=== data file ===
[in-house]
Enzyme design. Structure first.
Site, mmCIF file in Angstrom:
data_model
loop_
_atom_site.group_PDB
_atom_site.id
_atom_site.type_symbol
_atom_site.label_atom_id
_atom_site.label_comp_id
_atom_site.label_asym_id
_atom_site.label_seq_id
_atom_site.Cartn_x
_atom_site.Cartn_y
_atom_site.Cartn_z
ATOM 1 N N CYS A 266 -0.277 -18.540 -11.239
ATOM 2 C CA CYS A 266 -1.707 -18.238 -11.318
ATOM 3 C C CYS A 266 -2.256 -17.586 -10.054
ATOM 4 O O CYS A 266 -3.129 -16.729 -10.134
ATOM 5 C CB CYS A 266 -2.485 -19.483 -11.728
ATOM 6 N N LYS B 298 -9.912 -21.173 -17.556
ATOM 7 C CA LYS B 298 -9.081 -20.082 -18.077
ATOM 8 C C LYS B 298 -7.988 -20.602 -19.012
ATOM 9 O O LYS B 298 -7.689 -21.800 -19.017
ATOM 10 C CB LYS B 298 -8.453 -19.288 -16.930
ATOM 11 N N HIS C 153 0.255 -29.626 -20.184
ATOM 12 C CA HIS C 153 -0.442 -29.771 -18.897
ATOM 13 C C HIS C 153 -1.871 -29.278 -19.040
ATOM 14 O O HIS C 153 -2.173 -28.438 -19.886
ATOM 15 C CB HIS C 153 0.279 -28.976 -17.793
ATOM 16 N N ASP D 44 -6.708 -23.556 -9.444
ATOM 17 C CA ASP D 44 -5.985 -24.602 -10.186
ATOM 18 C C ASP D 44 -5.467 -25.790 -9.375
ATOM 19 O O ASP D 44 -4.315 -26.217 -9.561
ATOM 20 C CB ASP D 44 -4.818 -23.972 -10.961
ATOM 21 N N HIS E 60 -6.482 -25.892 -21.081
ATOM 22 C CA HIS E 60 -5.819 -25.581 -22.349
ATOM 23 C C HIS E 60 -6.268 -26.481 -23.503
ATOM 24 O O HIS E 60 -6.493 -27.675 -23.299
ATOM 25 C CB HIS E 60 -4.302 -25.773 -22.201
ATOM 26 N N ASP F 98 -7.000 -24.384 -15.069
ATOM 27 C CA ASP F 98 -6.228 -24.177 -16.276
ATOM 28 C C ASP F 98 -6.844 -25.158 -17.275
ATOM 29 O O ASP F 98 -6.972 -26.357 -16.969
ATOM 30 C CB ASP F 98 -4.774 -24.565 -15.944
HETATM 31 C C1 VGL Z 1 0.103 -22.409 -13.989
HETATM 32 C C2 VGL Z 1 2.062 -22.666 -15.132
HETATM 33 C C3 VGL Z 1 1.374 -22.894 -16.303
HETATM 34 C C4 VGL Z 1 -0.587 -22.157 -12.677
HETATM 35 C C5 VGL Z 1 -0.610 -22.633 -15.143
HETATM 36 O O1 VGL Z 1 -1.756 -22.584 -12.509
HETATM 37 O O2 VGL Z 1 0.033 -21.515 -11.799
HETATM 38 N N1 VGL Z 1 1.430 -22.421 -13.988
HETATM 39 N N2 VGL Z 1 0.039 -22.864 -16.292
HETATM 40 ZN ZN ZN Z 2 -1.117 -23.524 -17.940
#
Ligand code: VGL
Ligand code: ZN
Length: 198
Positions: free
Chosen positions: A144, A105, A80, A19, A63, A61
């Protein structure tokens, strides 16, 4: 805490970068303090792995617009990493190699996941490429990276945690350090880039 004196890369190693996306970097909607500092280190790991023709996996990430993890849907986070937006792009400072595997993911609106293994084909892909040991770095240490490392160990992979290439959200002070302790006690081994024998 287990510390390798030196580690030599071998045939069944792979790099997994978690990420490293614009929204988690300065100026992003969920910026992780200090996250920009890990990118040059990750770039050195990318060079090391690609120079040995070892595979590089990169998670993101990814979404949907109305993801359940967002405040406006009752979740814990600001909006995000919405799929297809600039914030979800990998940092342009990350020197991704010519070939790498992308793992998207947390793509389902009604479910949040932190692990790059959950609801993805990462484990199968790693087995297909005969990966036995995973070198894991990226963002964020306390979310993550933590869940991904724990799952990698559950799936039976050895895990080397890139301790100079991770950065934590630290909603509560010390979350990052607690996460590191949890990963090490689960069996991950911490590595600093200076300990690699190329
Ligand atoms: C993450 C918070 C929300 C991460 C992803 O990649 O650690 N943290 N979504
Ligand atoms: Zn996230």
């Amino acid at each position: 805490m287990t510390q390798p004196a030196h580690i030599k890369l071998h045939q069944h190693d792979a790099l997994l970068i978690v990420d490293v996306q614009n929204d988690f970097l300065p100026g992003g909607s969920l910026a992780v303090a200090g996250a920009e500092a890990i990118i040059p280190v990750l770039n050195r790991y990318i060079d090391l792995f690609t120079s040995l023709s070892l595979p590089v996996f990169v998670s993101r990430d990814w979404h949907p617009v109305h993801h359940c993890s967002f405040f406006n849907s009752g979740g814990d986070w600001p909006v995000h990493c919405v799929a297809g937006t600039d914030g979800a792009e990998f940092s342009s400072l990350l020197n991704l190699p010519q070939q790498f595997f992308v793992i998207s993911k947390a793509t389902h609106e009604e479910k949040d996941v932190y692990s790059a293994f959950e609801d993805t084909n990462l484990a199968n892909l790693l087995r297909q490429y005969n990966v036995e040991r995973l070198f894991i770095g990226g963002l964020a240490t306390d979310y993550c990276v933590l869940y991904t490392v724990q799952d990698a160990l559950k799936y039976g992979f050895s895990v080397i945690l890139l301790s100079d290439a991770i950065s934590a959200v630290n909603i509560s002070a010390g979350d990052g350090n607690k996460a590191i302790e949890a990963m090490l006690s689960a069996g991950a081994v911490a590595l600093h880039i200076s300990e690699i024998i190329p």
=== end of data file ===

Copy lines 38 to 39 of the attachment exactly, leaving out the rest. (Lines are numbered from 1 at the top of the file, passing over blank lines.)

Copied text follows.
ATOM 23 C C HIS E 60 -6.268 -26.481 -23.503
ATOM 24 O O HIS E 60 -6.493 -27.675 -23.299